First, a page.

Also, I think the essential part of your brief should be: "The bike shall cost no more than a petrol-powered one of equivalent performance". In other words, if you're going to produce something barely capable of rolling down to the corner shop - which is where electric bikes are at current level of technology - then it should cost no more than an average 125cc scooter.
  5. I think the challenge is to make higher efficiency solar panels.

    I think the challenge will be weight, styling and price.
  6. Electric scooters are just about practical... there are a couple available already (yes expensive and short range), but they are getting there.

    The problem is one gets 125cc performance, 50cc range and 500cc weight at the moment.

    I'd suggest your design should be focusing on a commuter type electric motorbike... or if you want to go way out in west field then just possibly and electric drag bike. Drag bikes don't need huge batteries because the demand is short term and some success have been achieved with them.
  7. Sparked an idea - can be done on a conventional motorcycle quite easily- if the wheel diameters are to be similar to conventional motorcycle wheels, a solution can be achieved using rim-mounted discs and a central brushless generator on each wheel, with a load-bearing generator case.
  8. Yeah at this stage I don't think you could design an electric bike that would be competitive in both price and performance, and I don't think solar power would work too well for anyone living in Melbourne or Tasmania.
    A more effective system would be to use a small petrol engine with an electric motor coupled to a capacitor (lighter and more efficient than a battery) for regenerative braking that can then be used for extra "boost" under acceleration. After all most acceleration is done after heavy braking (ie out of a corner or away from a set of lights) so as long as the capacitor can hold the charge for a few minutes it'd work. This is the same system I believe Toyota used to win a recent (car) endurance race in Japan.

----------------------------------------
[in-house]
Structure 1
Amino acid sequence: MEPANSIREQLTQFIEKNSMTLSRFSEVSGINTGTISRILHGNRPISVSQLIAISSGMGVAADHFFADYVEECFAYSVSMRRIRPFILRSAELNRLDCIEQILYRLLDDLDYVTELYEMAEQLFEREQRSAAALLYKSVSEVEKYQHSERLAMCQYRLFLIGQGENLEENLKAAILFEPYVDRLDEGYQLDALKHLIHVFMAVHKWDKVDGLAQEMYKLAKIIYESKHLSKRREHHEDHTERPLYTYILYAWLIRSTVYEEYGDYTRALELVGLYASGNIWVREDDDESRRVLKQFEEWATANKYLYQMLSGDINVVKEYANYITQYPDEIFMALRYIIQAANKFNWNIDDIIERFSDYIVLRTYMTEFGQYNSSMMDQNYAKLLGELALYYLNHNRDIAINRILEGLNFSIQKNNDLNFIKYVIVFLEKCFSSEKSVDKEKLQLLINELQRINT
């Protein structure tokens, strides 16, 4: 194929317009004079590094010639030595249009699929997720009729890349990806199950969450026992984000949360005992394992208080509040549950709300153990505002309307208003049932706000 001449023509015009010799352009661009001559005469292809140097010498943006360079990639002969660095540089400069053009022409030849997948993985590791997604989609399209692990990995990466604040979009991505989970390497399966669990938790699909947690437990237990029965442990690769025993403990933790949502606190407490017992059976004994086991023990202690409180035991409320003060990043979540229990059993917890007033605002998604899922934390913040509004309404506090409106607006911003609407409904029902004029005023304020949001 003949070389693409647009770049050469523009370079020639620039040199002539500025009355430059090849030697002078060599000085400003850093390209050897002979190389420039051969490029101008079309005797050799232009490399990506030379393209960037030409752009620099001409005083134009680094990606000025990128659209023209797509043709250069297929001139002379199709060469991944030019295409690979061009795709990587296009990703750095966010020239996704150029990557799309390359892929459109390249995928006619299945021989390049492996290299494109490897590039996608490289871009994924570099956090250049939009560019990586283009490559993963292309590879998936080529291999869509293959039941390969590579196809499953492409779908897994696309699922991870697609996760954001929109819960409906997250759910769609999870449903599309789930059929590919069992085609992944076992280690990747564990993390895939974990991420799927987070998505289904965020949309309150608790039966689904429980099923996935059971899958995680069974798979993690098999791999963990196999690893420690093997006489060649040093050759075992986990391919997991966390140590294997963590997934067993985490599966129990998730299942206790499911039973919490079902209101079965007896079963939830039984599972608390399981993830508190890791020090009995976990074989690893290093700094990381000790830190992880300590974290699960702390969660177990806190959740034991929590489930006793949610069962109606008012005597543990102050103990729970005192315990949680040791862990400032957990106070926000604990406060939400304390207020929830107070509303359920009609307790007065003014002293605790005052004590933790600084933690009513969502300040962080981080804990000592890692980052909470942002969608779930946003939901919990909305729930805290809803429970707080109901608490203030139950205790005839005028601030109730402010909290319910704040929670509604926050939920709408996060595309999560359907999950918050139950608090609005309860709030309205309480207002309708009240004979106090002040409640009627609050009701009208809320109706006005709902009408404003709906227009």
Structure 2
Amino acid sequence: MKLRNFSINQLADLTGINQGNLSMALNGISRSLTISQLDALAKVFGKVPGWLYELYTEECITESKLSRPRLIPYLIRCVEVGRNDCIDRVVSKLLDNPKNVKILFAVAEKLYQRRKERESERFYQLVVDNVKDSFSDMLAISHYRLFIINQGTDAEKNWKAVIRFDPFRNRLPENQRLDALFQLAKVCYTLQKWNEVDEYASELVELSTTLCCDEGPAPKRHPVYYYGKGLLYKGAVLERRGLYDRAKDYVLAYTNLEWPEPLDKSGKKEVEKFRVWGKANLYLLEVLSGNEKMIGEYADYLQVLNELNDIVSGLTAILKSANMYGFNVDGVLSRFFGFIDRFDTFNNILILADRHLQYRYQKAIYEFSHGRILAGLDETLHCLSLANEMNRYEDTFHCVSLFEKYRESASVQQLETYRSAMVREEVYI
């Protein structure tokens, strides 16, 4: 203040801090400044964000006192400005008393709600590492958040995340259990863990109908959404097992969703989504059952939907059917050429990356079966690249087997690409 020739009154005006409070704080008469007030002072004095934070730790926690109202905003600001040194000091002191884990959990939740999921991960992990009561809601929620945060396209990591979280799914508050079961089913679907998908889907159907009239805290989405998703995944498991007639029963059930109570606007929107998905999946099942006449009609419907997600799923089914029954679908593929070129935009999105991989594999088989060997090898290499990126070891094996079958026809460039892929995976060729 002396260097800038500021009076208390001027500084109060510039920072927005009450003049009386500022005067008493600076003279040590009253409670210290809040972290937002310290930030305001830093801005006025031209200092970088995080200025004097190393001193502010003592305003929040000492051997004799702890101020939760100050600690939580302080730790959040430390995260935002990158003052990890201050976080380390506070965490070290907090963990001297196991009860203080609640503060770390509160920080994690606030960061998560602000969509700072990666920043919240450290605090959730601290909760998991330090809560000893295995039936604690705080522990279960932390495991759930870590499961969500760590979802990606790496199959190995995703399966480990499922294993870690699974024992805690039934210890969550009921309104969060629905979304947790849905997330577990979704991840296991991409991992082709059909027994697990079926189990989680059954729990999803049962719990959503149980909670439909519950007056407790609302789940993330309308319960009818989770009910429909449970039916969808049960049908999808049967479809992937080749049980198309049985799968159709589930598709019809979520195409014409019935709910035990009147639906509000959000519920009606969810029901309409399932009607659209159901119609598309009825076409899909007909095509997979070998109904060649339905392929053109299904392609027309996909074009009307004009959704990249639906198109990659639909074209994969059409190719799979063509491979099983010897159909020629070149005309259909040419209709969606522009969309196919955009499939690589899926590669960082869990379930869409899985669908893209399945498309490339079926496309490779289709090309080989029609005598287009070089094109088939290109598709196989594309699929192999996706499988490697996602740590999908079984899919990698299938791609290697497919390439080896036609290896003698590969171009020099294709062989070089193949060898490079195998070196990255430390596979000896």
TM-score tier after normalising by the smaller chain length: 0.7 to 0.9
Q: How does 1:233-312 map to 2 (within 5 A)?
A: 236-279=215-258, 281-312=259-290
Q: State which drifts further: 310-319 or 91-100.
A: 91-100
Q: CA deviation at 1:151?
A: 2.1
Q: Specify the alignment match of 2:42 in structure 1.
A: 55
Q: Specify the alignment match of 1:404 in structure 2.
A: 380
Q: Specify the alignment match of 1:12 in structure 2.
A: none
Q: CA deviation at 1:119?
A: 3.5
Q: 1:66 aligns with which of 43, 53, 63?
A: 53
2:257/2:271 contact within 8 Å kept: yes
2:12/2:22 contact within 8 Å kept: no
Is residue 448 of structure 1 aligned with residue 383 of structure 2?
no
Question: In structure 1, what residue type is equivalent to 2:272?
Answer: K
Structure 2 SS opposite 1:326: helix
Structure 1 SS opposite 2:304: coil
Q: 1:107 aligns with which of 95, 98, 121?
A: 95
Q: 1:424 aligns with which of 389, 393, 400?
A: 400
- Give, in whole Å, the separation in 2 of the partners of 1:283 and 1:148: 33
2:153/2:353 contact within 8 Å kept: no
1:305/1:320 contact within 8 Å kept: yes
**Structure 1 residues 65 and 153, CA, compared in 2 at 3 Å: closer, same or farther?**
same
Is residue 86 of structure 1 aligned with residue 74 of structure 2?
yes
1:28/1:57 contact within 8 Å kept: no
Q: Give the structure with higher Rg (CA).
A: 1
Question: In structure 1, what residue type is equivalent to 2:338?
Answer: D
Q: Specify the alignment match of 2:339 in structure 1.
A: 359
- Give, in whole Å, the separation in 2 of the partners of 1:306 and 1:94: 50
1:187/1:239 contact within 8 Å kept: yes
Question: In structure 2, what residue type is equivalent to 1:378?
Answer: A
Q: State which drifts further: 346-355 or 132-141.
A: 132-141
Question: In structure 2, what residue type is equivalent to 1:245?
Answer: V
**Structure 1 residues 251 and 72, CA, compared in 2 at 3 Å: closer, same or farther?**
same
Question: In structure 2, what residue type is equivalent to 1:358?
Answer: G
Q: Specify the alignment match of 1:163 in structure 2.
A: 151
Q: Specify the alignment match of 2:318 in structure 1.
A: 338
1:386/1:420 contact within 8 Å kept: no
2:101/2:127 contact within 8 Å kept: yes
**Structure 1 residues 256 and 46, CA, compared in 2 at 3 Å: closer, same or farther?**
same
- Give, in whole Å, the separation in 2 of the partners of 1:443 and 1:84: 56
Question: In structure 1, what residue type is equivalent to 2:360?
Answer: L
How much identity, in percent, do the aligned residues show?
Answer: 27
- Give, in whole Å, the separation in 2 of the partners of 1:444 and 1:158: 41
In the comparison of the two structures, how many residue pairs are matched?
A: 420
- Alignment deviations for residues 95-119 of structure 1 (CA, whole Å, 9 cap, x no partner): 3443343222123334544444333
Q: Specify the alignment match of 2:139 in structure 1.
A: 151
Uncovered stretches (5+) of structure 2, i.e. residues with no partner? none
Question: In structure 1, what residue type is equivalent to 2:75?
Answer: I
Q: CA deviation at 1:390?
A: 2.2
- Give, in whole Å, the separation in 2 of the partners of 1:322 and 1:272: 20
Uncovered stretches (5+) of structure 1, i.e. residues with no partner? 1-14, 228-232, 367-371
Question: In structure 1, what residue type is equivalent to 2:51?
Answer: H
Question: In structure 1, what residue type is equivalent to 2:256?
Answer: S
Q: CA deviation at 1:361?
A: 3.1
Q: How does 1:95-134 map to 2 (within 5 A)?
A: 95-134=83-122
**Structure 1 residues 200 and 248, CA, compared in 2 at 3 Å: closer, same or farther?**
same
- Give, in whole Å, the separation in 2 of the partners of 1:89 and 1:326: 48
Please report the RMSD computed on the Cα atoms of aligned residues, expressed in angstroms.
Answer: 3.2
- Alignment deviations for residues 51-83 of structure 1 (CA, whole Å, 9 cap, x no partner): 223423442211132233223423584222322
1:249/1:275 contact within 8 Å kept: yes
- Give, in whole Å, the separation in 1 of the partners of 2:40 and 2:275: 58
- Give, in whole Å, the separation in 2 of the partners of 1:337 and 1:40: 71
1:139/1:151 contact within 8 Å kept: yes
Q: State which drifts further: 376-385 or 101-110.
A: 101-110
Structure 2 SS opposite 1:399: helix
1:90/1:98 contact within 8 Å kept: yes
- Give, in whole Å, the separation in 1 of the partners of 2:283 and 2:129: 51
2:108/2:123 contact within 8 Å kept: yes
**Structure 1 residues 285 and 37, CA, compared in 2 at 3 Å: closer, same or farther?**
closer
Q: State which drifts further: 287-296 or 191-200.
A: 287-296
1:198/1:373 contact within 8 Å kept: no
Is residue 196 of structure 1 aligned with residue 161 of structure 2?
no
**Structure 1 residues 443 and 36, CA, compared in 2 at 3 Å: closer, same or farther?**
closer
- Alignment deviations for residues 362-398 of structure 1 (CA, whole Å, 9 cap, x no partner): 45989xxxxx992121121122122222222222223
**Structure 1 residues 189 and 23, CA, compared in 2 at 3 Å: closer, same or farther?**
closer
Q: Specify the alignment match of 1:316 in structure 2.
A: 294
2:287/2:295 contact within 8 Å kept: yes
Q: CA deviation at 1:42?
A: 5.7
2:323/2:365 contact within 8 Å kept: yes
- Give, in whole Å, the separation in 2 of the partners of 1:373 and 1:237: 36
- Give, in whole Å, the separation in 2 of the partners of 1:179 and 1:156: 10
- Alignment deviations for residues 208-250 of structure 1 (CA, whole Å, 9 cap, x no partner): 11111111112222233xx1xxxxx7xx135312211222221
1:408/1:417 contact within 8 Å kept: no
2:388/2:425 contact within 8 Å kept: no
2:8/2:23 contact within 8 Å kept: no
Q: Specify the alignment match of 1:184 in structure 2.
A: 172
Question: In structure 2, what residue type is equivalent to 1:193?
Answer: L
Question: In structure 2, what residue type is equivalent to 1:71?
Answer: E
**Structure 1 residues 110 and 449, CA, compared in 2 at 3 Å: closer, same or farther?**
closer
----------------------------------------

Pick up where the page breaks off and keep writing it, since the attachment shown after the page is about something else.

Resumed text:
Probably not going to be useful for your project but it is something I reckon electric bike designers should be considering at least until technology makes going 100% electric more feasible. Of course then you have the issue of no-one being able to hear you coming, which is a danger to both riders and pedestrians (at least the stupid ones that don't look for traffic). One plus side to electric though is that it should significantly reduce the need for servicing - which is a cost/time advantage that might persuade people to pay more initially. My biggest issue with electric bikes at the moment is that typically they're made small and/or extremely light - not always an advantage for a bike doing 100+kph on the highway. And of course the "greeness" of electric, even with solar power, can always be a little questionable unless you can account for the total environmental cost - ie the resources/energy in making the bike/battery/solar panels, environmental impact of disposal, lifespan of the bike compared with conventional petrol etc.
  9. There's your problem. *Industrial design*, not Engineering.

  10. Was just about to say the same thing! You dont actually have to make it work do you? Just more about the actual design and how it looks, as opposed to functionality yeah?
  11. Maybe for some extra juice while riding, maybe add some solar panneling to jacket and helmet surfaces?
  12. Here's some of the stuff we've written about: http://tinyurl.com/2vun9n

    Electric bikes sound very exciting to me - 100% torque from 0rpm, motors as powerful as you want them and very low maintenance to boot. Battery technology is the holdup, but even that's improving day by day. Somebody built a battery-powered Daytona 600 recently that would beat most bikes to 100kph, and there's a few commercially available commuter scoot types that, when the price drops, will be sensational little round-town machines.

    I for one welcome our new lithium-fed masters.
  13. I'm with you Loz, electric is the way of the future! Well, maybe...

    Once they figure out a way to make the batteries smaller and most importantly lighter, we may be seeing more things like this on the road
  14. +1

    The combination of a roaring engine and speed are exciting, but so too is the possibility of speed and...silence........ (maybe with a bit of opera)
  15. My mum has an electric bicycle. It runs on 3x12v batteries in series (about 10kg) and would be lucky to do 20km/h for 10 minutes if you didn't pedal as well. I'm sure you can do better than that, but the design specification of 100km range is only going to be possible if you're riding in circles around a powerpoint with a charger attached.
  16. [​IMG]